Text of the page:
According to Amit Das, CEO and Co-Founder of Think360.ai, the minimum payment needed on a credit card should be greater than or equal to the total amount owed in interest and fees, not just the sum due on the card’s principal.

For example, suppose a credit card account has an unpaid balance of Rs 10,000 at the end of the month. Interest is computed at a monthly rate of 2%. Therefore, if the entire amount due is not paid on or before the due date, it will be necessary to pay Rs 250 in addition to the outstanding, plus interest of Rs 200 (2 percent of 10,000), tax, and other fees of Rs 50 .

To prevent interest or other charges from being capitalized in future statements, the minimum amount must be Rs 250. To pay off debts on schedule, a reasonable amount should also go toward principal payments. Experts advise customers to always pay their entire account on time unless there are compelling reasons why they cannot. In an emergency, paying only the bare minimum is okay, but it should not become a habit.how credit cardholders will benefit from new rbi rules | mint

“When you only make the minimum payment due, finance charges, which can be as high as 5% per month in some circumstances, begin to accrue on the outstanding balance. Moreover, new purchases stop being eligible for the interest-free period when there is a balance remaining on your card. Therefore, it is recommended to always pay the full amount due rather than the minimum amount, Vasudeva said.

If a client anticipates that a financial emergency will prevent him from paying the whole amount due before the due date, he should convert the balance to equated monthly installments (EMIs) at a much lower interest rate.

Card issuers will look for an OTP.

If a cardholder has not activated their card for more than 30 days from the date of issuance, the credit card issuer must first get OTP-based permission. The card issuer is required to deactivate the credit card account without initiating a charge within seven working days if the customer rejects the request to activate the card. Credit card activation and charges without the cardholders’ knowledge have happened frequently; by demanding consent, this won’t happen and the card issuer won’t be charged.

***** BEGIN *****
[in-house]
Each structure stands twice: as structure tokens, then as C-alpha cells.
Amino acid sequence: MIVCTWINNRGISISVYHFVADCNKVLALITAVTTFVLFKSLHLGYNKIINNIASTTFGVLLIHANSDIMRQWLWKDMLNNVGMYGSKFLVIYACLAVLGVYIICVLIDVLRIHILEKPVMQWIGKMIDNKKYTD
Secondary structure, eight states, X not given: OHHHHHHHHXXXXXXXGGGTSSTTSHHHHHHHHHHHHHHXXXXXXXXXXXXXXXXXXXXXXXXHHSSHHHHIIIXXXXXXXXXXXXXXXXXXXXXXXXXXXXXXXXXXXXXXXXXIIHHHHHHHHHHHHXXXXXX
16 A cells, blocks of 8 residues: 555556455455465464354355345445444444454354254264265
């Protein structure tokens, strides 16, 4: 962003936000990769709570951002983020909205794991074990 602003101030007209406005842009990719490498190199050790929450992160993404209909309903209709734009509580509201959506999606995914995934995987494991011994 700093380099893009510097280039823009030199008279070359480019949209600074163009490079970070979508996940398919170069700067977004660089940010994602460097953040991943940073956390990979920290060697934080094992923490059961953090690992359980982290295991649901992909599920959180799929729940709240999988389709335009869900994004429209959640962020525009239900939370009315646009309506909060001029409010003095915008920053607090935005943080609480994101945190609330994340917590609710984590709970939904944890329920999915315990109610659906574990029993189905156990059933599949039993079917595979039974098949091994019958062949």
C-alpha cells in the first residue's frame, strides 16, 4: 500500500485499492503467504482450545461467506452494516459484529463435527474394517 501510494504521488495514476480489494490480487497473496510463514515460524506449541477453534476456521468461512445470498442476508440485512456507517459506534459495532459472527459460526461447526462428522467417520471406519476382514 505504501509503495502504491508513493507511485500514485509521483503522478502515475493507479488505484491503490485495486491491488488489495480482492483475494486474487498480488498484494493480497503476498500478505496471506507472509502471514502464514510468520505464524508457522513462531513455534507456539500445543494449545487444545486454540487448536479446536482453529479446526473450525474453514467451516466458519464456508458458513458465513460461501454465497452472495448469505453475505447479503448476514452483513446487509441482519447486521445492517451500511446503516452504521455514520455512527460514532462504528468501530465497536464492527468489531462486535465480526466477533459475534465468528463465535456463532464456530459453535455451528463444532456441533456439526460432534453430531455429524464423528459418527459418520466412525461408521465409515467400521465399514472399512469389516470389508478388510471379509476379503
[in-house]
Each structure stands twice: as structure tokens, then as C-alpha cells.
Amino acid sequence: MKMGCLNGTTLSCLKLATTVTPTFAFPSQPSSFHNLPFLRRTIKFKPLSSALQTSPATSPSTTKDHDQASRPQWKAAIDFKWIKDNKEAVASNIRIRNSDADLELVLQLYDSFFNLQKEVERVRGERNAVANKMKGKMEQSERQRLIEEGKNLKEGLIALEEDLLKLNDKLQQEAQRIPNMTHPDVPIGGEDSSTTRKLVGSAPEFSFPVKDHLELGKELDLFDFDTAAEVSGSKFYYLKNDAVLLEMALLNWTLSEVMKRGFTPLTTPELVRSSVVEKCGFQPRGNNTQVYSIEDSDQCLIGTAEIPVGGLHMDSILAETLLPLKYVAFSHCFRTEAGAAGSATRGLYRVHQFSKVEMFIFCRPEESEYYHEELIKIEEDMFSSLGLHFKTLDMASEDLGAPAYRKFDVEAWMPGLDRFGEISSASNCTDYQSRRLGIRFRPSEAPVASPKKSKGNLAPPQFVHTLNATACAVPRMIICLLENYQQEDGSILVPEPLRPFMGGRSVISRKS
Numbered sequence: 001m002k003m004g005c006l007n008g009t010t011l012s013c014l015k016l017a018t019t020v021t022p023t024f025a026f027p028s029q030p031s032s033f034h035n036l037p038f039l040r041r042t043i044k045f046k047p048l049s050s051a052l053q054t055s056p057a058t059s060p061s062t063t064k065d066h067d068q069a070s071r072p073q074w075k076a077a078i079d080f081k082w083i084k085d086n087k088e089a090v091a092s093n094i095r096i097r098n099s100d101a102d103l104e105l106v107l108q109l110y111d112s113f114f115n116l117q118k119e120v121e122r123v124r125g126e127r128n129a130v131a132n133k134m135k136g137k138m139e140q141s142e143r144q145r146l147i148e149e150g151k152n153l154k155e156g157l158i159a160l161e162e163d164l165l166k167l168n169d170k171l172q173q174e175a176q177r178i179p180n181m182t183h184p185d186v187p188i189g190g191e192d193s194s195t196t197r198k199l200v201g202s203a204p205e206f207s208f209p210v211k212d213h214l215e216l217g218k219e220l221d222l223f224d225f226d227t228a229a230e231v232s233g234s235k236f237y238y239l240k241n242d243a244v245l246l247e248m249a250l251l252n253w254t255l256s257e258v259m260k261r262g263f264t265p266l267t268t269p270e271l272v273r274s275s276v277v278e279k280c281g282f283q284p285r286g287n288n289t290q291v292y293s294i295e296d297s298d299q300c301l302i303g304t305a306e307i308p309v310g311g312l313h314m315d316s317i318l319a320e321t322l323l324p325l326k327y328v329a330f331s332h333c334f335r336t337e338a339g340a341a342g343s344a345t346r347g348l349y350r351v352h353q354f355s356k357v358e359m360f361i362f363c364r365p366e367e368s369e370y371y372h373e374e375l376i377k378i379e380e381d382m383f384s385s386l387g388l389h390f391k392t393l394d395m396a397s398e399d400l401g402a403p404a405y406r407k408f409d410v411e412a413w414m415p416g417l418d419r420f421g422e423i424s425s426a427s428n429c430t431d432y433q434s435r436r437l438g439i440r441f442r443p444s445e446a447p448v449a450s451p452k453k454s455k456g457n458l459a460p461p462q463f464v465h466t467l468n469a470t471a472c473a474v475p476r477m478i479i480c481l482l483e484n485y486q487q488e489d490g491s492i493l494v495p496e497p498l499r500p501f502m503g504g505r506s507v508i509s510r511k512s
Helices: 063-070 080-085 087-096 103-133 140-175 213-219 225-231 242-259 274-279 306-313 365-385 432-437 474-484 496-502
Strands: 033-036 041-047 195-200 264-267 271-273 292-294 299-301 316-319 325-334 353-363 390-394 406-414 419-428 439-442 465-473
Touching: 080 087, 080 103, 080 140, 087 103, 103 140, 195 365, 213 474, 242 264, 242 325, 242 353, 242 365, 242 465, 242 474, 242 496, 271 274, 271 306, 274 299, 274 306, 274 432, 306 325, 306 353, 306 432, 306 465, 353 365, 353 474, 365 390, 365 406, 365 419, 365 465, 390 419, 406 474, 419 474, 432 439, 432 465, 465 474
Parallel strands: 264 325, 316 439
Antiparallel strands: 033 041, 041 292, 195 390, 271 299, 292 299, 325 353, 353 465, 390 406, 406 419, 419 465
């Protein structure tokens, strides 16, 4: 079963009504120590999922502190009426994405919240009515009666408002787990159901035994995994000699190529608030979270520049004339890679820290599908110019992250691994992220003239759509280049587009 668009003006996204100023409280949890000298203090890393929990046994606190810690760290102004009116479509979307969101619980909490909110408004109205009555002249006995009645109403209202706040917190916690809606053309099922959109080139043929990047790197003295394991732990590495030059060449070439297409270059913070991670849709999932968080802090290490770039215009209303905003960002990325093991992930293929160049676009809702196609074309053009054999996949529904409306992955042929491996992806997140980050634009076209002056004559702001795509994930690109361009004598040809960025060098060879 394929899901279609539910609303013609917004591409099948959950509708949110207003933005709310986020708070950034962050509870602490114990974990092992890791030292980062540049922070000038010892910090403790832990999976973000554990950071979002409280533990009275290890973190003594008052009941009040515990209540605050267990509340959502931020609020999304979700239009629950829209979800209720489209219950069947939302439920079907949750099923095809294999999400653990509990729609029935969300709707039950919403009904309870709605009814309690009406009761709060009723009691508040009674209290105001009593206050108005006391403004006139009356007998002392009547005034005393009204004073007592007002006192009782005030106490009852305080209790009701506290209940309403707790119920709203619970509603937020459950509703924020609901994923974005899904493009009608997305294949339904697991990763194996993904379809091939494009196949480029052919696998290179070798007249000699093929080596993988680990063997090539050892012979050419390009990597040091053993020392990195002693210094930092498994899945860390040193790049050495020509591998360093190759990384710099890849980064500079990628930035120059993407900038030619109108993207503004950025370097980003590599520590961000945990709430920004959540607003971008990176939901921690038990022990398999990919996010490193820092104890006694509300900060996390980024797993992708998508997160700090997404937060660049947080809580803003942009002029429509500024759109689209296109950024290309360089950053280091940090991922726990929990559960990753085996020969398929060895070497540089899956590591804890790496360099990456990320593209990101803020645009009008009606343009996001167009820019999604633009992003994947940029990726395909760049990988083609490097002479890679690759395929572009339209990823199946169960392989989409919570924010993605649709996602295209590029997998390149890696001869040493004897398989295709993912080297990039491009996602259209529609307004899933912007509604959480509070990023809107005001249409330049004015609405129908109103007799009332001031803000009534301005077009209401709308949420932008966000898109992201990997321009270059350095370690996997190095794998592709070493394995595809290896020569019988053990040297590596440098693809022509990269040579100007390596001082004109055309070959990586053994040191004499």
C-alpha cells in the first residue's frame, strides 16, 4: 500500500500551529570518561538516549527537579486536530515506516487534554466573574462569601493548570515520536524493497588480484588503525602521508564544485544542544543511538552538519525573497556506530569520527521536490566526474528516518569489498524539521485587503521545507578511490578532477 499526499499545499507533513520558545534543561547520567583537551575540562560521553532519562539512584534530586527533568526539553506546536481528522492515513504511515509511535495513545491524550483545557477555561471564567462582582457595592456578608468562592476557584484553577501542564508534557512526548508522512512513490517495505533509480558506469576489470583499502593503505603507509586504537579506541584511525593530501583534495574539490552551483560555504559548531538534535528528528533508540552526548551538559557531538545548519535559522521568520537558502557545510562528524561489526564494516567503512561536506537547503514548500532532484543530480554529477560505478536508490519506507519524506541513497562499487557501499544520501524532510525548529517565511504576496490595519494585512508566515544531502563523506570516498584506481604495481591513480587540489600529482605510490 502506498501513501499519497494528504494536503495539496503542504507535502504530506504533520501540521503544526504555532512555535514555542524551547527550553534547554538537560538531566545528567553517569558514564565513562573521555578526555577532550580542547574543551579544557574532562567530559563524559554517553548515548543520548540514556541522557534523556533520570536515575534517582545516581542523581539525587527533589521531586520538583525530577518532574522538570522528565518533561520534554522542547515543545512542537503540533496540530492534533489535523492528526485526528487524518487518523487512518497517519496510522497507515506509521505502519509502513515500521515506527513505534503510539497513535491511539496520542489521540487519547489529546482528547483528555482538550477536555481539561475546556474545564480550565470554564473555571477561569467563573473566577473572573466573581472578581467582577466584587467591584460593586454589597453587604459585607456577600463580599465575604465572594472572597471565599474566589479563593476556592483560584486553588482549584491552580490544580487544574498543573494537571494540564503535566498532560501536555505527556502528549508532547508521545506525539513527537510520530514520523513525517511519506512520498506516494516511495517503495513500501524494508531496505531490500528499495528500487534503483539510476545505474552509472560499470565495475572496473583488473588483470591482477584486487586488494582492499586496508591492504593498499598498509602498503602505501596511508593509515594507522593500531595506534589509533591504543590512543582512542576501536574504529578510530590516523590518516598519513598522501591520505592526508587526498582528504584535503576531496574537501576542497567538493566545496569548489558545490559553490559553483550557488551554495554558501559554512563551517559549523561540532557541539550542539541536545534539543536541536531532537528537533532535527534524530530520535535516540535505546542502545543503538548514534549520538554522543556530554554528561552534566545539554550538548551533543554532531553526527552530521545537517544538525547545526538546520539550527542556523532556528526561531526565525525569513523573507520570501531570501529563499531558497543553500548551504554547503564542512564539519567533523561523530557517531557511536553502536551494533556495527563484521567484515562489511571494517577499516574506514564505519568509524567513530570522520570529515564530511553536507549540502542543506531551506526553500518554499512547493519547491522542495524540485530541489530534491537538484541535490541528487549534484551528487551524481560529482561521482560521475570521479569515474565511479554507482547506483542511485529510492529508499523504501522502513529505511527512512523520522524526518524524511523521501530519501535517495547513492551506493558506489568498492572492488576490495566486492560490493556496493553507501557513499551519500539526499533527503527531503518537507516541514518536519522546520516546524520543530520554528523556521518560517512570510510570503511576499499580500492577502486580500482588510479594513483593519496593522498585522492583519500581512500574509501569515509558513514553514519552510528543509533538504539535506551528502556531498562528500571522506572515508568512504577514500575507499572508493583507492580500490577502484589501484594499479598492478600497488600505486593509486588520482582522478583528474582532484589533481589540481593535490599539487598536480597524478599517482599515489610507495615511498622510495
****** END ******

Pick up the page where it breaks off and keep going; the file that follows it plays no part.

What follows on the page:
Approval of the credit limit

The credit limit that has been approved and communicated to the cardholder must never be exceeded without the cardholder’s express consent, according to card-issuing companies. People used to only get alerts about credit limit hikes. The card issuer will not raise the credit limit after October 1, 2022, without the cardholder’s express written permission.3 new credit card rules from october 1: all you need to know | mint

Rates of interest

“To prevent negative amortization, the terms and conditions for payment of credit card balances, including the minimum amount due, should be specified.” The Annex includes an image. According to the RBI’s master circular, outstanding levies, taxes, and other fees “must not be capitalised to charge or compound interest.” According to the American Express website, “capitalised interest is the addition of unpaid interest charges to the balance of a loan (the amount you still have to pay).”

Edited by Prakriti Arora